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What works? a realist evaluation of the role of intermediaries in promoting best practice in infection prevention control

Williams, Lynne (2013) What works? a realist evaluation of the role of intermediaries in promoting best practice in infection prevention control. PhD thesis, Prifysgol Bangor University.

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Abstract

This thesis is a report of a theory driven study designed to evaluate the role of the 'intermediary' in promoting best practice in infection prevention and control. Study aim and objectives: The aim of the study was to seek the programme theories that show how intermediaries might promote best practice in infection prevention and control; to determine what works, for whom, how, and in what respects. Methods: Realist evaluation was used to elicit a better understanding of the mechanisms and contexts that lead to outcomes (CMOs) for the role of intermediaries in infection prevention and control programmes. A realist review led to case studies being conducted consecutively within two NHS hospitals in the United Kingdom, with data comprising of interviews (n=32), non-participant observations (n=5) and documentation review. Findings: Four conjectured CMOs were developed and refined over two case studies. The study has shown that intermediary presence and proximity in clinical areas is important, and together with ways in which intermediaries watch over practice (through overt and covert visibility), can promote better adherence to infection control practice. The theory of self-surveillance emerged from the findings to show how intermediaries can promote self- monitoring by clinical staff. Intermediaries' styles and approaches are important, and can lead to clinical staff feeling individually supported. Policy discourse and enforcement, and the ways in which intermediaries provide feedback can contribute to promoting good habitual behaviours. Practice based educational approaches are more likely to focus individuals' attention on infection control and heighten awareness of infection control in clinical areas.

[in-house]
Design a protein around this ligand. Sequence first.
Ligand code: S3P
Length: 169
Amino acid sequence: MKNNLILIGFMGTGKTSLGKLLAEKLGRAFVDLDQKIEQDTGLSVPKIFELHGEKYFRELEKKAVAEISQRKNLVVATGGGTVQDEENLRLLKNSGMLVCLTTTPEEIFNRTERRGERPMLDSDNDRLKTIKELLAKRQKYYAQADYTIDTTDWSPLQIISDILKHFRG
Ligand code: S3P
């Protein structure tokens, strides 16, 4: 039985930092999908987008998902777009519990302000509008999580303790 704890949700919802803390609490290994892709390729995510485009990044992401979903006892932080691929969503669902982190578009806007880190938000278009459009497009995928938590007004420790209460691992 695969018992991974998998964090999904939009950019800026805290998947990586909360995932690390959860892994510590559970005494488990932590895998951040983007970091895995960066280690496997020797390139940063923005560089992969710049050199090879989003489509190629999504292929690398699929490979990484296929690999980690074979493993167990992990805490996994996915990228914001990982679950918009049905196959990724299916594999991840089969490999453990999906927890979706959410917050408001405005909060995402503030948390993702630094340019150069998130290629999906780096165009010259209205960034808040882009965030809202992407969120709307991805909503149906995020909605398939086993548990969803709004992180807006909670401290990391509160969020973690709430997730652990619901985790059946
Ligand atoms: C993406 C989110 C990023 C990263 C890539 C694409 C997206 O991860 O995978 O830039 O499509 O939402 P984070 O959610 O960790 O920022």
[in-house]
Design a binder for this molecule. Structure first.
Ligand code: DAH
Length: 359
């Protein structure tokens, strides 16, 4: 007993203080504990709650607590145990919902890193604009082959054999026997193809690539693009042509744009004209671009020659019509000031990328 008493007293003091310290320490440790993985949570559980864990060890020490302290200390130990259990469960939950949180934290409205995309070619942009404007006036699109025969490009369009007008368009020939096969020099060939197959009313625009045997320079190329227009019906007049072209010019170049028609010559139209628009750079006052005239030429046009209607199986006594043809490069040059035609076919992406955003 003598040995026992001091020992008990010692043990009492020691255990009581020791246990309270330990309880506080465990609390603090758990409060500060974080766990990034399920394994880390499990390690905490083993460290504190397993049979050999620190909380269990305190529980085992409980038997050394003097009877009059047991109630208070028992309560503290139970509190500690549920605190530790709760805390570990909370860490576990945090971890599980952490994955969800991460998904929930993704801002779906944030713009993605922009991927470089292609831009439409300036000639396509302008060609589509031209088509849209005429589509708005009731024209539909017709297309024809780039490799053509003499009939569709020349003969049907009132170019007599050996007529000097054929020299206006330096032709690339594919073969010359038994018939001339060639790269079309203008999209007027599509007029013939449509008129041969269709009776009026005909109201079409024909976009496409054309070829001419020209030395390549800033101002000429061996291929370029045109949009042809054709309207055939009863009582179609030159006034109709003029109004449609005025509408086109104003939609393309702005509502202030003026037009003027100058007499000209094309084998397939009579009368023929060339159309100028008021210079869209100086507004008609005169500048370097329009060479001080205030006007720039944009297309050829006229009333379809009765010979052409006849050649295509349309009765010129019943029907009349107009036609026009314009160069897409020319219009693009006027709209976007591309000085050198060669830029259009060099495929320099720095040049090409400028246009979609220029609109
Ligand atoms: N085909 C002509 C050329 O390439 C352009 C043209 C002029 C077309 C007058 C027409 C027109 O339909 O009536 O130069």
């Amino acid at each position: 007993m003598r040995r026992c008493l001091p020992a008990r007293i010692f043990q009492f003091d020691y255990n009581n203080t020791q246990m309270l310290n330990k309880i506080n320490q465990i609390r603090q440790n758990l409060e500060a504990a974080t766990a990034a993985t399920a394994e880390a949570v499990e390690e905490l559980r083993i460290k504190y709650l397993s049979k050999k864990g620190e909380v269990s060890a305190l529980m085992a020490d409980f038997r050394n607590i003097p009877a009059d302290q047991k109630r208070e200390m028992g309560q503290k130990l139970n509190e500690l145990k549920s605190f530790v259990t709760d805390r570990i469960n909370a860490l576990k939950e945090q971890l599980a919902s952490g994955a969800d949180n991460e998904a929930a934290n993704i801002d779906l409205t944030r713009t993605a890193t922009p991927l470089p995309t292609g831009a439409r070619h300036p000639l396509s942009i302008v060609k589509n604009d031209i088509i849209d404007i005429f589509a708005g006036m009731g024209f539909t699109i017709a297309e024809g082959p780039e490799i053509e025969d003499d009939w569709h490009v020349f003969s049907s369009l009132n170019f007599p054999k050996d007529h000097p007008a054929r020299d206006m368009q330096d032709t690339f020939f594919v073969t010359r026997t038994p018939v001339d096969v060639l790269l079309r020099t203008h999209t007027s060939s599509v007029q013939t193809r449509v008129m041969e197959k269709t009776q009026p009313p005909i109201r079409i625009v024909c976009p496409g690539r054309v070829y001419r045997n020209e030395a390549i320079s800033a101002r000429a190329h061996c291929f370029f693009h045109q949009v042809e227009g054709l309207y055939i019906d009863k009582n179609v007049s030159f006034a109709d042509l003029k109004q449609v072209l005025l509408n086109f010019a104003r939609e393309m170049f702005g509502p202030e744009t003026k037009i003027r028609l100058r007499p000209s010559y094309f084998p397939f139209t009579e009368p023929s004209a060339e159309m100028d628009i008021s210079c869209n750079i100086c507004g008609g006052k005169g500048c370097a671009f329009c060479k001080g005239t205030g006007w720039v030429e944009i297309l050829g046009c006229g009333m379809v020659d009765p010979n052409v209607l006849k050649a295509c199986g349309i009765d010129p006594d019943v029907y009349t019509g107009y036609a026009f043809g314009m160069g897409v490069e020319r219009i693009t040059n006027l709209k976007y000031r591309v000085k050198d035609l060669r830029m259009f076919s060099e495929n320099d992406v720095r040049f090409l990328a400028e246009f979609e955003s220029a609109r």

Item Type: Thesis (PhD)
Subjects: Degree Thesis
Departments: College of Health and Behavioural Sciences > School of Healthcare Sciences
Degree Thesis
Date Deposited: 13 Aug 2015 13:08
Last Modified: 16 Mar 2016 16:21
URI: http://e.bangor.ac.uk/id/eprint/5189
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